Senator Breastfeeds Her Baby At Work Because Women Get Sh*t Done

by Megan Zander
Image via Larissa Waters/Twitter

Senator becomes first politician to breastfeed in Australian Parliament

Larissa Waters made history this week, simply by feeding her daughter. The Australian senator and mom to two-month-old daughter Alia Joy came back to work on Tuesday after maternity leave. She brought her daughter in with her for voting and when little Alia got hungry her mom breastfed her, right there on the Parliament Senate floor. In doing what any mom with a hungry baby should feel supported in doing, Waters became the first politician in Australia to breastfeed in Parliament.

While moms have been allowed to breastfeed in Senate chambers for some time, Waters was part of a group who worked to expand the rights of parents on the Australian Parliament floor last year to include breastfeeding and bottle feeding. The 2016 rules change allowed parents to feed and care for babies on the Senate floor. Before this change, nursing moms were given a proxy vote and couldn’t bring the baby onto the floor.

Waters told the Courier Mail that she planned to take full advantage of being able to breastfeed her daughter at work and has hopes that more workplaces will follow suit.“It is important we make all workplaces more family friendly, not just Parliament,” she said. Her partner, Jeremy Gates, is a full-time dad who will bring the baby into the chamber for feeding when necessary.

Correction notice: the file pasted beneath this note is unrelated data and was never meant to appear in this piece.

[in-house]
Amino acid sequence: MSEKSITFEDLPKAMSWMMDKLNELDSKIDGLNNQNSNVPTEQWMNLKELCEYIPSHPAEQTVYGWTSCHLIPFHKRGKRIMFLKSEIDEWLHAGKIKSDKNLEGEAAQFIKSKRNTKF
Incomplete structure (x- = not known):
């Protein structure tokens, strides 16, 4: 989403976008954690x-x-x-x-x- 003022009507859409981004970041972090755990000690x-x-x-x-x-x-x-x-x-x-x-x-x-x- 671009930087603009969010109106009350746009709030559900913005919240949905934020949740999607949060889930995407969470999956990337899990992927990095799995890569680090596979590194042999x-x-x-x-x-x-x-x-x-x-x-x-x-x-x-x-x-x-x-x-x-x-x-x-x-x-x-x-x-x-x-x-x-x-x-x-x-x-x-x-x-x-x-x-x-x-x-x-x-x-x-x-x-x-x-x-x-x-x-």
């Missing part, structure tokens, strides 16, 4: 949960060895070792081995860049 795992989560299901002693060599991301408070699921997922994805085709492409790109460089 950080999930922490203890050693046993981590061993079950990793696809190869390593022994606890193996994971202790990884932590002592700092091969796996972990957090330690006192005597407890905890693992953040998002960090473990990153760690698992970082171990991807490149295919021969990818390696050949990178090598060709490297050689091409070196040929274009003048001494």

The senator celebrated the moment on social media.

“I am so proud that my daughter Alia is the first baby to be breastfed in the federal Parliament!” she said on Facebook. “We need more women and parents in Parliament. And we need more family-friendly and flexible workplaces, and affordable childcare, for everyone.”

Water’s breastfeeding moment is a powerful one in that it shows how far the Australian Parliament has come in respecting the responsibilities of working parents.

“In 2003 Kirstie Marshall a Victorian MP was ejected from State Parliament for breastfeeding her 11-day old baby girl,” Waters explains. “Sometimes it’s difficult not to get disheartened by the sexism women still face in the workplace. But sometimes it pays to look back and see how far we have come.”